Student is expected to complete assignments that are then discussed and often re-taught in class Student is responsible for substantial amounts of homework which may not be directly addressed in class
Attendance is legally mandated Attendance is the student’s responsibility; student accepts consequences of non-attendance
Tests and Grades
IEP or 504 plan may include modifications to test format and/or grading Grading and test format changes (i.e. multiple choice vs. essay) may not available; accommodations on HOW tests are given (extended time, test proctors) are available when supported by disability documentation
Teachers often take time to remind students of assignments and due dates Instructors expect students to read, save, and consult the course syllabus, which spells out exactly what is expected, when things are due, and how the student will be graded

Documentation Guidelines

ADHD/ADD Documentation Guidelines

Carteret Community College provides reasonable accommodations for students with the documented disability of ADD/ADHD. Post-secondary students no longer have IEPs because the Individuals with Disabilities Education Act (IDEA) does not exist at the college level; however, an IEP may be included as part of a more comprehensive report. Carteret Community College students are governed under the Americans with Disabilities Act (ADA) and Section 504 of the Rehabilitation Act, specifically subpart E.  

 Carteret Community College Disability Support Services will make the final determination of whether appropriate and reasonable accommodations are warranted and can be provided for the individual. Students with disabilities are expected to satisfy the academic standards required by the college and perform essential course functions without substantially altering the curriculum requirements.  

Required Documentation

Submit a current (within 5 years) neuropsychological, psychological, or ADHD testing report specifying a diagnosis of ADHD, signed and dated by the examiner.

OR 

Submit responses to the following questions completed by a medical or psychological examiner and typed on letterhead. The letter must be signed, dated and include licensure/certification information. Do not submit handwritten documentation. The documentation must include:  

  1. Diagnostic code (DSM-IV, IV-R, V), date of diagnosis, and date of last visit. 
  2. Severity of condition: mild, moderate or severe. Please provide examples.
  3. How did you arrive at your diagnosis? Possible responses include: structured or unstructured interviews with the student or other persons, behavioral observations, developmental/medical history, educational history, or rating scales.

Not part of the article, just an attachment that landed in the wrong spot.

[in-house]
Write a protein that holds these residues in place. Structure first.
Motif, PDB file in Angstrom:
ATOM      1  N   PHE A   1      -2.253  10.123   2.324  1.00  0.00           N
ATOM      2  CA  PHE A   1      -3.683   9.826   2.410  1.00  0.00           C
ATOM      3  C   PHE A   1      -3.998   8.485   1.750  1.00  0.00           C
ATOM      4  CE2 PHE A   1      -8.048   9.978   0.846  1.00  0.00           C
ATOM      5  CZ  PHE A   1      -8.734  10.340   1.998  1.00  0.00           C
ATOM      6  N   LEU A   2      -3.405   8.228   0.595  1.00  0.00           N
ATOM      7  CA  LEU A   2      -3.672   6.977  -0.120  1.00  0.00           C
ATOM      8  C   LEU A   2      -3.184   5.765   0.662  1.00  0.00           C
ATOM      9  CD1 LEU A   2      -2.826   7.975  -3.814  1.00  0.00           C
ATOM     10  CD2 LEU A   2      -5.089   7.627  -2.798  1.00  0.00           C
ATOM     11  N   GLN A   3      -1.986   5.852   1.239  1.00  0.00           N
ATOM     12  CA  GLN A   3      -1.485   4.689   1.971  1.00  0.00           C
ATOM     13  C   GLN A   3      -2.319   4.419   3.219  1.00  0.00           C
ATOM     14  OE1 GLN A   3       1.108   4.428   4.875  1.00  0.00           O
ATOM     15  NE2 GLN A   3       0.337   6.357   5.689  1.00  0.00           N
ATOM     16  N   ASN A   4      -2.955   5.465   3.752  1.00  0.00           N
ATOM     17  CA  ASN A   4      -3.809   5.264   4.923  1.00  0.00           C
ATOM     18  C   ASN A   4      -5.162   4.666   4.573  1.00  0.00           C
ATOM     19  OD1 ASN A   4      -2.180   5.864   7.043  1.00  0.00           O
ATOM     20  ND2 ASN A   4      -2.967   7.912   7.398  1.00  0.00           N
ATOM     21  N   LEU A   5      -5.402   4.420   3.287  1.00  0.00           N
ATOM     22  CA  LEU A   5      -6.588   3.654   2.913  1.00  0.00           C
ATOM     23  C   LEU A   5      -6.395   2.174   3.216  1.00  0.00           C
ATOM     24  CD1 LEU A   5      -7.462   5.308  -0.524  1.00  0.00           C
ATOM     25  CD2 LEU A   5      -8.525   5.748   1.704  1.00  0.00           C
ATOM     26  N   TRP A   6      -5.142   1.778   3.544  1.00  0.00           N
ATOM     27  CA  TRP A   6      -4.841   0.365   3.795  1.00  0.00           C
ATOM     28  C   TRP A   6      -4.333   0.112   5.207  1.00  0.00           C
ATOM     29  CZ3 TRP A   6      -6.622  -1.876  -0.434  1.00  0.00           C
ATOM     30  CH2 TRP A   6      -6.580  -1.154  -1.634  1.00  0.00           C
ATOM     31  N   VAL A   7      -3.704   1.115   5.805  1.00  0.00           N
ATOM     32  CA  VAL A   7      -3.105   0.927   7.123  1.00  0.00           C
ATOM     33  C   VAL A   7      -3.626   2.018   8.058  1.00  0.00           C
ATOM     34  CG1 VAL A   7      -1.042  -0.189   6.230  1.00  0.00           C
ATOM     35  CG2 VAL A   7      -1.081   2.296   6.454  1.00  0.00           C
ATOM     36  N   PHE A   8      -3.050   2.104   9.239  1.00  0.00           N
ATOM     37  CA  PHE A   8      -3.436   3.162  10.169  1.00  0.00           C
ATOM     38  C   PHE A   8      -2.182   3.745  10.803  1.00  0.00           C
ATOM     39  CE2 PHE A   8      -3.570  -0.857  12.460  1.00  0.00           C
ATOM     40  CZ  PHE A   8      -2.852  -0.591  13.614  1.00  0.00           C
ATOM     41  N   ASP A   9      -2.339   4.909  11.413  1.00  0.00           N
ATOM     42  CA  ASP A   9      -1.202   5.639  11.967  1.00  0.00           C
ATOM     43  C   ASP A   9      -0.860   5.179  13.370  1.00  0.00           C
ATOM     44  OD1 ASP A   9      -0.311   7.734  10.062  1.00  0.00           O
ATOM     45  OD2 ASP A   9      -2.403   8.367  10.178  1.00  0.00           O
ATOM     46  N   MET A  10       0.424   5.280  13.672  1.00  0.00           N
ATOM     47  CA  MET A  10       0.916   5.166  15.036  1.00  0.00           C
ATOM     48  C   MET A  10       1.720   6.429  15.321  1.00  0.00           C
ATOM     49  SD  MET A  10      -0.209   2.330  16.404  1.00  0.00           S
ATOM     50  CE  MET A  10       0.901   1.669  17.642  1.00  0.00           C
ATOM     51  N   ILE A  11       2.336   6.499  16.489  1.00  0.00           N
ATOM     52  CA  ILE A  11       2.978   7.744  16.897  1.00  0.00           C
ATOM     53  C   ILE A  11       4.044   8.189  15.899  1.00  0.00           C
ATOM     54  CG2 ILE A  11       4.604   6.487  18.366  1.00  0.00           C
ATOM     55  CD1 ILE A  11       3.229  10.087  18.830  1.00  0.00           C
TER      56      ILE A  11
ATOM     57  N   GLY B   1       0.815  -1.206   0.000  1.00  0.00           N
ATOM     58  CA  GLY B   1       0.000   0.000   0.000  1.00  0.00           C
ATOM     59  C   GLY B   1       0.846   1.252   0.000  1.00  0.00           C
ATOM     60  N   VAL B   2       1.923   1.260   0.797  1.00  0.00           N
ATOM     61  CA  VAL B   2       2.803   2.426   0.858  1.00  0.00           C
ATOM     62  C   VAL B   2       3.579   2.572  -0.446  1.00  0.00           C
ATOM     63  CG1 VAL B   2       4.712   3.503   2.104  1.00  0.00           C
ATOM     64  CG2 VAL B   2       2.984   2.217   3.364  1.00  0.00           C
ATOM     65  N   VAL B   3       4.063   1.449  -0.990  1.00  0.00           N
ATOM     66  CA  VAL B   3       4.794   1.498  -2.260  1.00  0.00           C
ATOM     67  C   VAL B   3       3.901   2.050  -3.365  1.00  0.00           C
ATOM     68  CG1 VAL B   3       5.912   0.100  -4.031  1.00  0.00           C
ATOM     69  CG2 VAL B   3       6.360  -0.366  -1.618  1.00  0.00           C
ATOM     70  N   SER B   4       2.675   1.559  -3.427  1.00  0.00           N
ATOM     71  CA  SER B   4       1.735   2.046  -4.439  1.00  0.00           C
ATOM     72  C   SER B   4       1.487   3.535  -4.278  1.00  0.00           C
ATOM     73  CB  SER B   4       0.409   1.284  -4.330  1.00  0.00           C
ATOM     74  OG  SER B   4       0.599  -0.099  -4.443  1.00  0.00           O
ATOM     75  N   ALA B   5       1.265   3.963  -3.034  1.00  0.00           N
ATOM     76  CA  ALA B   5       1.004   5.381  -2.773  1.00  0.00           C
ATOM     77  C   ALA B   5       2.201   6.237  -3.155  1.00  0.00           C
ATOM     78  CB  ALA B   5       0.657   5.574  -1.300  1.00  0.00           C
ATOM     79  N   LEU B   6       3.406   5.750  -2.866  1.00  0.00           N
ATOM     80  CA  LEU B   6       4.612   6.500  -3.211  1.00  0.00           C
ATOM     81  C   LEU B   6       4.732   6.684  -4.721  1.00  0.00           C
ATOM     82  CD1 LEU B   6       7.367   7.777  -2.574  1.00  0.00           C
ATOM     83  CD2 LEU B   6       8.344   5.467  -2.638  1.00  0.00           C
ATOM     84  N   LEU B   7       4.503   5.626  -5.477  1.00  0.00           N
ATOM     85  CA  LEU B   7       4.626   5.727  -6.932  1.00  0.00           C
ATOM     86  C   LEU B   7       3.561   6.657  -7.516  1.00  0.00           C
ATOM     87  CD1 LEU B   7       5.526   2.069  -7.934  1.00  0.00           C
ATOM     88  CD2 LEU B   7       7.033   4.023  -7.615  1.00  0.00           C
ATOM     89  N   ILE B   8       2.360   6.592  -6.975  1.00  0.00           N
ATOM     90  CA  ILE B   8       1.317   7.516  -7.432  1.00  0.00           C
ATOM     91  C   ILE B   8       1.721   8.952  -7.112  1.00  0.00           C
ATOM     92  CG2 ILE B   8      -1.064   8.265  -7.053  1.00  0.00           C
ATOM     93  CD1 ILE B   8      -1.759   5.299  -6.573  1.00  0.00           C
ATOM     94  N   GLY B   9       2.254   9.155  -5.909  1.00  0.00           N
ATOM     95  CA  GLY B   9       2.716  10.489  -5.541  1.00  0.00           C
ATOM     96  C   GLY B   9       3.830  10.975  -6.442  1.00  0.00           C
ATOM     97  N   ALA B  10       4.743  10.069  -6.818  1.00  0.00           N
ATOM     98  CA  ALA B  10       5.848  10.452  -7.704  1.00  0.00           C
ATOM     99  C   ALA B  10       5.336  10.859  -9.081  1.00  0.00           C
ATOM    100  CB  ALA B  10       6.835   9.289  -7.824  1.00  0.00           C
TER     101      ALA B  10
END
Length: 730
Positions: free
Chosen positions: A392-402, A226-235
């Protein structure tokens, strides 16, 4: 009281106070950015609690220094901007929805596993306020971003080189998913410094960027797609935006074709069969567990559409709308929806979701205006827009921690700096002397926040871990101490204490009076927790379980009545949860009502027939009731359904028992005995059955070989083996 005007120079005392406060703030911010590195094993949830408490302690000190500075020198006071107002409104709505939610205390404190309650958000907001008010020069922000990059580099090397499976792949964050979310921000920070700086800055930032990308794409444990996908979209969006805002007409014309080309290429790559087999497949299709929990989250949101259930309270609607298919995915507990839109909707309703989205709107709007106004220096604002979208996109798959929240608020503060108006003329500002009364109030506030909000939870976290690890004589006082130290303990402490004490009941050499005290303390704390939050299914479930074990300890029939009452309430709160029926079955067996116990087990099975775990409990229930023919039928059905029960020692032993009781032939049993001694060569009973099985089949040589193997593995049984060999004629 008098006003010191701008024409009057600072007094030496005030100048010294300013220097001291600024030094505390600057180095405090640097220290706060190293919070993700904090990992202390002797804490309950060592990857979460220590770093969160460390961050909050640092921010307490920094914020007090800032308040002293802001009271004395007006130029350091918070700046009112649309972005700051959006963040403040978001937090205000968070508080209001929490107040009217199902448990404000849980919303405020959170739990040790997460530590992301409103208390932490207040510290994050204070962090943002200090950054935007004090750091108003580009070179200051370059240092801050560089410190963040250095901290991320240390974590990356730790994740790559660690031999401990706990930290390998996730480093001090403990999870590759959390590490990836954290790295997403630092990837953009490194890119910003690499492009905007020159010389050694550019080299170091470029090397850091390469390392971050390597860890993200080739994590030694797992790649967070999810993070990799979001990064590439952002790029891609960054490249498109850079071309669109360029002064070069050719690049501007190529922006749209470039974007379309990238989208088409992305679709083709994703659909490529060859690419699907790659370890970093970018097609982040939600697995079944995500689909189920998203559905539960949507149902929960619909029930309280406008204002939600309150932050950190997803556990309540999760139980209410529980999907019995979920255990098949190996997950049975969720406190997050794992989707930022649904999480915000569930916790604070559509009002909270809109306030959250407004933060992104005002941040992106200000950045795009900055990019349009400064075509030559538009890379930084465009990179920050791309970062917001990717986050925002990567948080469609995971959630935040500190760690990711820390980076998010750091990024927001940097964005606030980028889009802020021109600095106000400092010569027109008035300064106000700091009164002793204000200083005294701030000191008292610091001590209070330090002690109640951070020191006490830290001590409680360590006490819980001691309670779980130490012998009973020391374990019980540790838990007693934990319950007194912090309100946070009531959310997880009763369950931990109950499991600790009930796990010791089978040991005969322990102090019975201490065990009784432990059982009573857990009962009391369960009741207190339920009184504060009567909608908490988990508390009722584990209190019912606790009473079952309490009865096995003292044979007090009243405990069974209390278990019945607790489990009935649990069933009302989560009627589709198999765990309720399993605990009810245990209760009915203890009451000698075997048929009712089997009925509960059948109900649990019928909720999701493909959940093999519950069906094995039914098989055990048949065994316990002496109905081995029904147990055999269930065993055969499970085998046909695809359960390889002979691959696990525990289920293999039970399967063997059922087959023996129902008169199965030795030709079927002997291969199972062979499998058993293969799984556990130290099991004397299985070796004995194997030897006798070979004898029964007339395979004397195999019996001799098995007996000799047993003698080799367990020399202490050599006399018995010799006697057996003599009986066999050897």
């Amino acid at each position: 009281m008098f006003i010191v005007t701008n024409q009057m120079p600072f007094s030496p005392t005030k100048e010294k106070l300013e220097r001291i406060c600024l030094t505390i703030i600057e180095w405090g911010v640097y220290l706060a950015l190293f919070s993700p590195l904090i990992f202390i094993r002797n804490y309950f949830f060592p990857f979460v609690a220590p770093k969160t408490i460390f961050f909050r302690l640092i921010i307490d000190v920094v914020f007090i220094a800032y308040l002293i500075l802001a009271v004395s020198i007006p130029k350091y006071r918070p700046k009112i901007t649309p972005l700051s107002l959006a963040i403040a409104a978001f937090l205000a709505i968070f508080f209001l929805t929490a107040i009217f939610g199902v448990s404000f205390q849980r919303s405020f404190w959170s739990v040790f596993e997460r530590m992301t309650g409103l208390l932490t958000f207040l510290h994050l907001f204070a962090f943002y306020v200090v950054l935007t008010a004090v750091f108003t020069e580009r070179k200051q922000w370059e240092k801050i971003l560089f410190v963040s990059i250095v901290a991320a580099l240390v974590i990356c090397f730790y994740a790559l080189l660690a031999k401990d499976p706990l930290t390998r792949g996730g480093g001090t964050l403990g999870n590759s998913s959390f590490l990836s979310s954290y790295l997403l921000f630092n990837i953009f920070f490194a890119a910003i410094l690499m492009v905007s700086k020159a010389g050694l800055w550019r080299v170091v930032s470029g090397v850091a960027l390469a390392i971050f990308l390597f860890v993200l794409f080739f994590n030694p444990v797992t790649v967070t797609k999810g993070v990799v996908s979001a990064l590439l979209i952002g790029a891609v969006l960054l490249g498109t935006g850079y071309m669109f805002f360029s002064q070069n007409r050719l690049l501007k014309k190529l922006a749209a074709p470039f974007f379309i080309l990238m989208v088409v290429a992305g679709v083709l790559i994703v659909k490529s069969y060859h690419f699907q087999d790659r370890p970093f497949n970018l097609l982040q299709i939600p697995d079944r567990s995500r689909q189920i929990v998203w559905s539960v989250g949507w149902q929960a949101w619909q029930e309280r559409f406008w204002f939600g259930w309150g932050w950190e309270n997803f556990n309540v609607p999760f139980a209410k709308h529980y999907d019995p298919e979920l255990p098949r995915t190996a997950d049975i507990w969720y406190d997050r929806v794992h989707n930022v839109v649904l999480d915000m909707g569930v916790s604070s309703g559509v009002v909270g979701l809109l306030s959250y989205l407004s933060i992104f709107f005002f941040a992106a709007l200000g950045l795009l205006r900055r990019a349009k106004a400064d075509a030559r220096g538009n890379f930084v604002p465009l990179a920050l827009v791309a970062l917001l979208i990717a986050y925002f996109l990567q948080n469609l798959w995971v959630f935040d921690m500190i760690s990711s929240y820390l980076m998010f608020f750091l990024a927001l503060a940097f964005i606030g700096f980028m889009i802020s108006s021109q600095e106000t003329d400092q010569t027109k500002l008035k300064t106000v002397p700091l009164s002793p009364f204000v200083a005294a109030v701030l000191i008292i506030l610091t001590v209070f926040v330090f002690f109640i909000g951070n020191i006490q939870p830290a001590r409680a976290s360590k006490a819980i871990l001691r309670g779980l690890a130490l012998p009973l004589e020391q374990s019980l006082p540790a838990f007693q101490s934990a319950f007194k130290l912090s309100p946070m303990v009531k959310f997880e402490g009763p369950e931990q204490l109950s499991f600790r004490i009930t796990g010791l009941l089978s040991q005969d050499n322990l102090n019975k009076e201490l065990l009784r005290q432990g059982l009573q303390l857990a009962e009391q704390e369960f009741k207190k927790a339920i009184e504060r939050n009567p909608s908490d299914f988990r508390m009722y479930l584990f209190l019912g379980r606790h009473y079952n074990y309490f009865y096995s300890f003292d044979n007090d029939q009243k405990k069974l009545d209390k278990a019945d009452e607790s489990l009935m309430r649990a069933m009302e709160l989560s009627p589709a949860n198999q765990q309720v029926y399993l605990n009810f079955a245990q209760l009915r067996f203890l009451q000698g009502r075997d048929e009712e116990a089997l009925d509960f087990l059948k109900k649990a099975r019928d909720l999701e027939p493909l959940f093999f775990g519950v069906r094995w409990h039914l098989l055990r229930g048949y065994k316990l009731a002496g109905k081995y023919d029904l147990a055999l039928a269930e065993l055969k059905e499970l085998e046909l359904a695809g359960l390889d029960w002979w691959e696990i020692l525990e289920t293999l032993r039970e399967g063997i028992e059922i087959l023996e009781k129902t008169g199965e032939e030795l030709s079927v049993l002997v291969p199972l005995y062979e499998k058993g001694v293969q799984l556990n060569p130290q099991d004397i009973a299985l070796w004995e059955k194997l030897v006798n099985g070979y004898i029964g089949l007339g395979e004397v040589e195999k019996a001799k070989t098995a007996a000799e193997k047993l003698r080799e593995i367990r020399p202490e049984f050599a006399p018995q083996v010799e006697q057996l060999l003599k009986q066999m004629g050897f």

4. What medication(s) does the student take for ADHD? Do symptoms persist even with medication? 
  5. Describe in detail the present impact of AD/HD in two or more major areas of the student’s life. Accommodations will be determined based on this information.
  6. List ADHD symptoms which were present before the age of 7. 
  7. Please list and explain other medical conditions or psychiatric diagnoses that may affect the academic performance of this student.

Autism Spectrum Documentation Guidelines

Carteret Community College provides reasonable accommodations for students with documented autism spectrum disorder. Post-secondary students no longer have IEPs because the Individuals with Disabilities Education Act (IDEA) does not exist at the college level; however, an IEP may be included as part of a more comprehensive report. Carteret Community College students are governed under the Americans with Disabilities Act (ADA) and Section 504 of the Rehabilitation Act, specifically subpart E.  

Carteret Community College Disability Support Services will make the final determination of whether appropriate and reasonable accommodations are warranted and can be provided for the individual. Students with disabilities are expected to satisfy the academic standards required by the college and perform essential course functions without substantially altering the curriculum requirements.  

Required Documentation

  1. The following professionals are considered qualified to assess and diagnose autism spectrum disorder: psychologists, psychiatrists, developmental pediatricians, neurologists, or an interdisciplinary team. All reports should be on letterhead, dated, signed, and include the name, title, and professional credentials of the evaluator.